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Reconciling observed tariffs and the median voter model

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  • Dhingra, Swati

Abstract

Median voter theory applied to trade policy predicts positive tariffs in capital-abundant countries and negative tariffs in labor-abundant countries. Negative tariffs are rare, and this paper reconciles the median voter theory with observed protectionism across countries. By considering large countries, I show the optimal tariff is a sum of the median voter component and a positive in terms of trade component. Positive terms of trade effects raise tariffs in all countries, and can overcome the negative median voter component in labor-abundant countries. Testing the tariff prediction with cross-section and panel data from the 1990s, I show the median voter component is negative in labor-abundant countries and positive in capital-abundant countries. As expected, terms of trade effects raise tariffs across all countries and are stronger among non-members of the WTO.

Suggested Citation

  • Dhingra, Swati, 2014. "Reconciling observed tariffs and the median voter model," LSE Research Online Documents on Economics 60354, London School of Economics and Political Science, LSE Library.
  • Handle: RePEc:ehl:lserod:60354
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    File URL: http://eprints.lse.ac.uk/60354/
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    References listed on IDEAS

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    1. Giovanni Maggi & Andrés Rodríguez-Clare, 2007. "A Political-Economy Theory of Trade Agreements," American Economic Review, American Economic Association, vol. 97(4), pages 1374-1406, September.
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    4. Edward J. Balistreri, 1997. "The Performance of the Heckscher-Ohlin-Vanek Model in Predicting Endogenous Policy Forces at the Individual Level," Canadian Journal of Economics, Canadian Economics Association, vol. 30(1), pages 1-17, February.
    5. Jeffrey G. Williamson, 2003. "Was It Stolper-Samuelson, Infant Industry or Something Else? World Trade Tariffs 1789-1938," NBER Working Papers 9656, National Bureau of Economic Research, Inc.
    6. Li, Hongyi & Squire, Lyn & Zou, Heng-fu, 1998. "Explaining International and Intertemporal Variations in Income Inequality," Economic Journal, Royal Economic Society, vol. 108(446), pages 26-43, January.
    7. Robert W. Staiger & Kyle Bagwell, 1999. "An Economic Theory of GATT," American Economic Review, American Economic Association, vol. 89(1), pages 215-248, March.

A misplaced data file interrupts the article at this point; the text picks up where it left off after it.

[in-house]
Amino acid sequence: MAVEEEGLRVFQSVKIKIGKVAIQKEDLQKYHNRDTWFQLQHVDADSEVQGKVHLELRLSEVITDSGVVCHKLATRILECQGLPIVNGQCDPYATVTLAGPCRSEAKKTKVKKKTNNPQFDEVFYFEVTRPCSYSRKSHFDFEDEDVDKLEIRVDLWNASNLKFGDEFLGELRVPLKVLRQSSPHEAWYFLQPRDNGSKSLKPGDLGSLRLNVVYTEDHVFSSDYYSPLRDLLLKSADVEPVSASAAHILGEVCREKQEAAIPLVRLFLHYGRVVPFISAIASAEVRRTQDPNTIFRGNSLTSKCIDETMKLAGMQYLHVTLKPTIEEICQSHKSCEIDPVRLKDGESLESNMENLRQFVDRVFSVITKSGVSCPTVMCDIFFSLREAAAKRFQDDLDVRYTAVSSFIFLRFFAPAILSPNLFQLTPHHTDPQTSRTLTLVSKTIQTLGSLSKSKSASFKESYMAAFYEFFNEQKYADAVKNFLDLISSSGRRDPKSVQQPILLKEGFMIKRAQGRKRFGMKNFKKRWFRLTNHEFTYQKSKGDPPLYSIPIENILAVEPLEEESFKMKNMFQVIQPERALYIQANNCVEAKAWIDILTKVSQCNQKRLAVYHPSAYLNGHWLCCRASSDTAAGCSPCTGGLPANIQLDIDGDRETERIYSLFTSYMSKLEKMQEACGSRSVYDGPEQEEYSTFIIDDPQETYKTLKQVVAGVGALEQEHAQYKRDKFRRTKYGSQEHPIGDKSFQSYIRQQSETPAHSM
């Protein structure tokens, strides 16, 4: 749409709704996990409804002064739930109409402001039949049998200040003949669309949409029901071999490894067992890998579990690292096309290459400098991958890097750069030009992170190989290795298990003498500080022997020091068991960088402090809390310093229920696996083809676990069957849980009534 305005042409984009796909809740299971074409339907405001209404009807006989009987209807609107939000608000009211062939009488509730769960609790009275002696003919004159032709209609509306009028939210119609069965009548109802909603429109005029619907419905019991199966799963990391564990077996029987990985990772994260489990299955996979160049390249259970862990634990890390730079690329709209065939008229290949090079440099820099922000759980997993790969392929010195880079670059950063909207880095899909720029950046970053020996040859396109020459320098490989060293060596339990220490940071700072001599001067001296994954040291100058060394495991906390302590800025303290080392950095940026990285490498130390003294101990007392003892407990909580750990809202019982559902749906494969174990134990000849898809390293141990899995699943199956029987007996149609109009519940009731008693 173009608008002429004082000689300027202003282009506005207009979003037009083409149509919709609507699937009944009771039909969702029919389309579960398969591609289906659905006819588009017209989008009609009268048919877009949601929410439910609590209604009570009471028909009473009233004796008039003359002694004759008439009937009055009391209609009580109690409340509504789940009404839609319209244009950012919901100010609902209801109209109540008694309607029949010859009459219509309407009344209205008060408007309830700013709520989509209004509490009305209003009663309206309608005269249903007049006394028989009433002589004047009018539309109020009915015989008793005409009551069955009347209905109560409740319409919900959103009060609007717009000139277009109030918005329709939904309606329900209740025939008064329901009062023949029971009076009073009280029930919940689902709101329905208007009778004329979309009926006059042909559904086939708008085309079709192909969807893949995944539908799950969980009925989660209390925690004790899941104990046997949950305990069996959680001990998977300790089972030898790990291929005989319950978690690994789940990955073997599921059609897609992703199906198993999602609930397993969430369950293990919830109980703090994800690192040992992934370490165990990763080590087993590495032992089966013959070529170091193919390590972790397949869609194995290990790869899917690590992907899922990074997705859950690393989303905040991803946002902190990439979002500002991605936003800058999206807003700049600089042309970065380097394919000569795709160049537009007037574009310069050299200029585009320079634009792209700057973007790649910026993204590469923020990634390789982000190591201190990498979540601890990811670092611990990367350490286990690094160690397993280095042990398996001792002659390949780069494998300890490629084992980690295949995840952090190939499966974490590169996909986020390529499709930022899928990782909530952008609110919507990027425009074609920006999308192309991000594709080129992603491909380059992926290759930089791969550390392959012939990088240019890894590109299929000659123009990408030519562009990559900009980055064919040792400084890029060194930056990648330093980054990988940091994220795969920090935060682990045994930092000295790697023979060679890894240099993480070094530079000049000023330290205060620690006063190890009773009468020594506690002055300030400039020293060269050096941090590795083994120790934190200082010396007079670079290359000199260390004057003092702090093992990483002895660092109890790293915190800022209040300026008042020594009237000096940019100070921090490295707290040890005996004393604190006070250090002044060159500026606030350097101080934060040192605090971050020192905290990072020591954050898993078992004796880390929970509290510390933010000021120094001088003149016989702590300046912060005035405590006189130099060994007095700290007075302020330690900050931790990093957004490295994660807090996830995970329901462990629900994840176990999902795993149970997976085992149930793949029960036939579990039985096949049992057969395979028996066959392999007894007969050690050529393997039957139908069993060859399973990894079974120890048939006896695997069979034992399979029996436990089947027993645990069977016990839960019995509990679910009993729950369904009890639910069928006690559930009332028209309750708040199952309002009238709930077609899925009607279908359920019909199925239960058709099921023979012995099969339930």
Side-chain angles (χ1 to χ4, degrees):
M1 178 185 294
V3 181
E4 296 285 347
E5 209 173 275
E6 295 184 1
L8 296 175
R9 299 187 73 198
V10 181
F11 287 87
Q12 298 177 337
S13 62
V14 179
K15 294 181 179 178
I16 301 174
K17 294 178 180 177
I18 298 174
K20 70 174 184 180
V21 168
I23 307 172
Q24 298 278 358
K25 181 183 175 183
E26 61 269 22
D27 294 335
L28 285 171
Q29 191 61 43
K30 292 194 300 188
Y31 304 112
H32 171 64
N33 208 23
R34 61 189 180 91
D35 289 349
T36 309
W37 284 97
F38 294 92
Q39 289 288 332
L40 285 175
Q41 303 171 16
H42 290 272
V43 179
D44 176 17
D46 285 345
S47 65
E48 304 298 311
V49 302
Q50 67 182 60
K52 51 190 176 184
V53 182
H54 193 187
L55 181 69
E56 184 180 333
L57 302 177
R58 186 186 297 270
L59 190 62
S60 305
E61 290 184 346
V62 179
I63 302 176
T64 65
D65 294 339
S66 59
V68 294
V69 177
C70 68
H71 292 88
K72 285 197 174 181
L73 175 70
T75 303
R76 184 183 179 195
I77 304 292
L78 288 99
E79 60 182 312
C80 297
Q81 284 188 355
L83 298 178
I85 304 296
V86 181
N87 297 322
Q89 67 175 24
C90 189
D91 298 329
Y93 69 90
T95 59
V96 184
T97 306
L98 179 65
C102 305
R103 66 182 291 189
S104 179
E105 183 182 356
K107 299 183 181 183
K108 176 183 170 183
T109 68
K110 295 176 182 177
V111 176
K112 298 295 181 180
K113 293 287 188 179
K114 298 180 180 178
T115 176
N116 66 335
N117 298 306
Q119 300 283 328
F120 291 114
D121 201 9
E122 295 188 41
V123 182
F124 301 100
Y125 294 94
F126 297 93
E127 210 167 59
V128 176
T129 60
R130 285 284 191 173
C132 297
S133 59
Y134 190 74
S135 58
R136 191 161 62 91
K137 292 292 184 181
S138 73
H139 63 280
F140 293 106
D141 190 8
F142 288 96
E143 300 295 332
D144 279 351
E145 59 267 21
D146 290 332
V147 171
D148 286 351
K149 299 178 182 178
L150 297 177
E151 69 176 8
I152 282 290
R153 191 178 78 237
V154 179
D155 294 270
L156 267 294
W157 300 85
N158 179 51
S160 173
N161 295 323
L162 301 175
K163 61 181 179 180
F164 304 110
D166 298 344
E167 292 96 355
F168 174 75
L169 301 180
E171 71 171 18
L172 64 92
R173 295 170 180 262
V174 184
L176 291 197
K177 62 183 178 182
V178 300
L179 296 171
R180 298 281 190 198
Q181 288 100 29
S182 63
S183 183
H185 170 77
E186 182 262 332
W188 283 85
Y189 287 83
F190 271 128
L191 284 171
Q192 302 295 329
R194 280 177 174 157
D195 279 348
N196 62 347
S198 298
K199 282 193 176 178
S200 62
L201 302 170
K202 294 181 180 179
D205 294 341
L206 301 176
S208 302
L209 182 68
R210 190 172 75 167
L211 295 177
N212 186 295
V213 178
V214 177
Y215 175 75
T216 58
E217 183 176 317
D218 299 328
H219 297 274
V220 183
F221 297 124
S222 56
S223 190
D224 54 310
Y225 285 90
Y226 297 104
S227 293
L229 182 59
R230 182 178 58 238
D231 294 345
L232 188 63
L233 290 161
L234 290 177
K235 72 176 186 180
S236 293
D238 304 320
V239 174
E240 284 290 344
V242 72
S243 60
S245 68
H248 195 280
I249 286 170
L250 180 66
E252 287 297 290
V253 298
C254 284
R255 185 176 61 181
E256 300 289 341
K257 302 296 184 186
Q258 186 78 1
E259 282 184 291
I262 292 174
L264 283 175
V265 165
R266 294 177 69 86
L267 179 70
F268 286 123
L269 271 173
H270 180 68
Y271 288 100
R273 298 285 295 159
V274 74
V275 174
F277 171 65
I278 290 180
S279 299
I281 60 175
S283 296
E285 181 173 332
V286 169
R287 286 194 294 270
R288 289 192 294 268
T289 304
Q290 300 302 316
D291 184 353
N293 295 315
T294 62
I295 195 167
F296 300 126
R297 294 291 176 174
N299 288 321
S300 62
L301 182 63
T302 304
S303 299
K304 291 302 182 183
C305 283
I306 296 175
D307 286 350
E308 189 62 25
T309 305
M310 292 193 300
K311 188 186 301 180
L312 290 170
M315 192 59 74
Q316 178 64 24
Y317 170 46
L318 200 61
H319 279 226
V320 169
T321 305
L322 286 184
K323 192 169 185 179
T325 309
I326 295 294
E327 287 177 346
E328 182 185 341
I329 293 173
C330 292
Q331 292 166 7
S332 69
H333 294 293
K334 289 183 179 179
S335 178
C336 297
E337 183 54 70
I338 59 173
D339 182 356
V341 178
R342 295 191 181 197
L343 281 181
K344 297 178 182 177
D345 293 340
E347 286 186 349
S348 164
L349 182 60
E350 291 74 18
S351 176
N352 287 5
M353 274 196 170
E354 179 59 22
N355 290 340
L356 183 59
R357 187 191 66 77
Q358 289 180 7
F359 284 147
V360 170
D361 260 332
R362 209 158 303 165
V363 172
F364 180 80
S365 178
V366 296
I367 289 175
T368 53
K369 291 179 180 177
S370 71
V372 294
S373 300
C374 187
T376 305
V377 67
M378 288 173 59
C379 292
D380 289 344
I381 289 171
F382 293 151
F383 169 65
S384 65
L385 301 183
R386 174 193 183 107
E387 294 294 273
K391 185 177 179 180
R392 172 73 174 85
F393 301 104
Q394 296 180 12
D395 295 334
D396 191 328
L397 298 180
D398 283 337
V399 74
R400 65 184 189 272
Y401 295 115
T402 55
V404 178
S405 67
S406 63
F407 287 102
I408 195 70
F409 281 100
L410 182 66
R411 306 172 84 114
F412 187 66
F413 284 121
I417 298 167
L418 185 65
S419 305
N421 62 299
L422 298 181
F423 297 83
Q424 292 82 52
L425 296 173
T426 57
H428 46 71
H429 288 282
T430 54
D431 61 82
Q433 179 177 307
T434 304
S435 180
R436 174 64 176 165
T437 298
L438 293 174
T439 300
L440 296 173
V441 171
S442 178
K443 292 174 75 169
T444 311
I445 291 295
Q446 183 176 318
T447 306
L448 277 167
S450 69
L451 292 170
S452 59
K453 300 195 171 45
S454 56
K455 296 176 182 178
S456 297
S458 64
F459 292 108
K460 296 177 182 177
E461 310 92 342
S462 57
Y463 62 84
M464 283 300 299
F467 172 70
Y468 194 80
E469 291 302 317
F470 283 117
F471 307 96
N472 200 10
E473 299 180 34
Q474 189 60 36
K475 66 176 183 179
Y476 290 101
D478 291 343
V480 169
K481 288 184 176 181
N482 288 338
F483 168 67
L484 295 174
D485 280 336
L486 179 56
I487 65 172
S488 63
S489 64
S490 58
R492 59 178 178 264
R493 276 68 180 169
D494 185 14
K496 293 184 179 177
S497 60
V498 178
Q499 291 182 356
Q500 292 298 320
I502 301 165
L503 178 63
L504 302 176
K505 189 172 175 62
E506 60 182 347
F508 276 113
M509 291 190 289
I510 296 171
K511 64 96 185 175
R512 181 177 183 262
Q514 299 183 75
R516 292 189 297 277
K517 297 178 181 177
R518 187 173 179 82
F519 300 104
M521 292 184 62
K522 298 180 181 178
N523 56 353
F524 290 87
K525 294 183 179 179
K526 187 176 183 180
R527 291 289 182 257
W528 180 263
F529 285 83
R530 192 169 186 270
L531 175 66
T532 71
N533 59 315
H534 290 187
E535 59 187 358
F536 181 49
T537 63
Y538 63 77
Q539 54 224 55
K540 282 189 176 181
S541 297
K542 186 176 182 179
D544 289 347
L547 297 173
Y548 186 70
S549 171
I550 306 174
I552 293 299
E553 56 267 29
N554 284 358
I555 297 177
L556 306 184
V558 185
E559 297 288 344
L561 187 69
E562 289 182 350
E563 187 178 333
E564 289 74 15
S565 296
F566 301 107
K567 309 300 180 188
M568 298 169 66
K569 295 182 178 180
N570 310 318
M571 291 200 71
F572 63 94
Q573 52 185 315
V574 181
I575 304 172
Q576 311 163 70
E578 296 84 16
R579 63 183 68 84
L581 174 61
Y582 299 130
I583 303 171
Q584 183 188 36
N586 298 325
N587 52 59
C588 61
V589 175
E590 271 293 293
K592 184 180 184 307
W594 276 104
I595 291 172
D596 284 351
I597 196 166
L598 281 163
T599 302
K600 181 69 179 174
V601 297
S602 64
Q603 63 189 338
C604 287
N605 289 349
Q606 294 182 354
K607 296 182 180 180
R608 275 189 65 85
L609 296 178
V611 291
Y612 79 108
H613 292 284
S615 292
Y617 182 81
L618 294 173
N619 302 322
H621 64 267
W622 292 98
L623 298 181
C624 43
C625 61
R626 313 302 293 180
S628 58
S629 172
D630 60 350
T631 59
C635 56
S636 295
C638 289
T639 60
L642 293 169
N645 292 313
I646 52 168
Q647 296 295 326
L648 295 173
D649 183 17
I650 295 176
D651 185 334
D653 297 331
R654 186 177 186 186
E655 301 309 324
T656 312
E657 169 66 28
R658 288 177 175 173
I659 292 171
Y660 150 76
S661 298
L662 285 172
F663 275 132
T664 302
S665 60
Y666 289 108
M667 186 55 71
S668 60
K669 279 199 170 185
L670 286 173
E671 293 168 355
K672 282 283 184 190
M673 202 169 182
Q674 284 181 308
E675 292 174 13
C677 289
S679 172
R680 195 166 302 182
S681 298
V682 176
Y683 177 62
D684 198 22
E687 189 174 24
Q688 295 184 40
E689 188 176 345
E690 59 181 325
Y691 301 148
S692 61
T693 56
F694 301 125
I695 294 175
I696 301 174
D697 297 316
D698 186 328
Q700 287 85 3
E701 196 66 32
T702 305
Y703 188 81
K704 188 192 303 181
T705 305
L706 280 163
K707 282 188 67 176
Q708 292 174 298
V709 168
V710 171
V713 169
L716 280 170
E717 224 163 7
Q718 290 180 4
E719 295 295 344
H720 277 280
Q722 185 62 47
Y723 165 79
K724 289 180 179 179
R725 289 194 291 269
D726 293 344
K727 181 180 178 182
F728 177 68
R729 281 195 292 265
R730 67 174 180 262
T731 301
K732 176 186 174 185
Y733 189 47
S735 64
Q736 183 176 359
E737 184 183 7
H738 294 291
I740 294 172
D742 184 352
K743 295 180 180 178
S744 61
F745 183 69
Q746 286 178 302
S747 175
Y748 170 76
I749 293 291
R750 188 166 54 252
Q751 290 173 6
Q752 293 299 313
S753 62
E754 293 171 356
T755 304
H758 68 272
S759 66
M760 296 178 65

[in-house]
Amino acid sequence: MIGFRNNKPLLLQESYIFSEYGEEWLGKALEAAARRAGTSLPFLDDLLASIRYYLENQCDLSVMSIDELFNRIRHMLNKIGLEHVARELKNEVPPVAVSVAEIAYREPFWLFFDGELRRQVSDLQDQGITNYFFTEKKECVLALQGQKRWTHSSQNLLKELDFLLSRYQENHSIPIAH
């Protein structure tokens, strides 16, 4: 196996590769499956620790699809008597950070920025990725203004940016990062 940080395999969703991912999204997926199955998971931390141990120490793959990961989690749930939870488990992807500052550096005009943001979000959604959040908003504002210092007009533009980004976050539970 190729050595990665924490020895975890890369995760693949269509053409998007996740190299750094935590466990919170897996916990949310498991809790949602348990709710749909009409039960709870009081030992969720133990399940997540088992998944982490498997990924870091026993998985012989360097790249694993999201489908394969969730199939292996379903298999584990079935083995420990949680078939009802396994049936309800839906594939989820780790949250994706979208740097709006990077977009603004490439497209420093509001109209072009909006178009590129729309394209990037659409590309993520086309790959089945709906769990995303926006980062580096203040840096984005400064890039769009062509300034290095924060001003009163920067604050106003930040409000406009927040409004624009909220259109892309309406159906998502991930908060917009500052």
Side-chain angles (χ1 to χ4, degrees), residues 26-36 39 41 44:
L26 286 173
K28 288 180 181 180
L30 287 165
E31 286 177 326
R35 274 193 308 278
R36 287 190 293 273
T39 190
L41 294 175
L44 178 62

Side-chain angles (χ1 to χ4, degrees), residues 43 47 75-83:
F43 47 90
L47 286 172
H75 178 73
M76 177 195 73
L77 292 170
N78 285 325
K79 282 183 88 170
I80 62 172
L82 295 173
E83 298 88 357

8. K. H. O'Rourke & R. Sinnott, 2001. "The Determinants of Individual Trade Policy Preferences: International Survey Evidence," CEG Working Papers 20016, Trinity College Dublin, Department of Economics.
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    Cited by:

    1. Sheldon, Ian M. & Chow, Daniel C.K. & McGuire, William, 2017. "Trade Liberalization and Institutional Constraints on Moves to Protectionism: Multilateralism vs. Regionalism," 2018 Allied Social Sciences Association (ASSA) Annual Meeting, January 5-7, 2018, Philadelphia, Pennsylvania 266305, Agricultural and Applied Economics Association.
    2. Kyle Bagwell & Chad P. Bown & Robert W. Staiger, 2016. "Is the WTO Passé?," Journal of Economic Literature, American Economic Association, vol. 54(4), pages 1125-1231, December.
    3. Blanchard, Emily & Willmann, Gerald, 2018. "Unequal Gains, Prolonged Pain: A Model of Protectionist Overshooting and Escalation," CEPR Discussion Papers 13160, C.E.P.R. Discussion Papers.
    4. Kyle Bagwell & Robert W. Staiger, 2016. "The Design of Trade Agreements," NBER Working Papers 22087, National Bureau of Economic Research, Inc.

    More about this item

    Keywords

    Median voter; trade policy; Heckscher Ohlin; terms of trade; WTO;

    JEL classification:

    • F11 - International Economics - - Trade - - - Neoclassical Models of Trade
    • F13 - International Economics - - Trade - - - Trade Policy; International Trade Organizations
    • F59 - International Economics - - International Relations, National Security, and International Political Economy - - - Other

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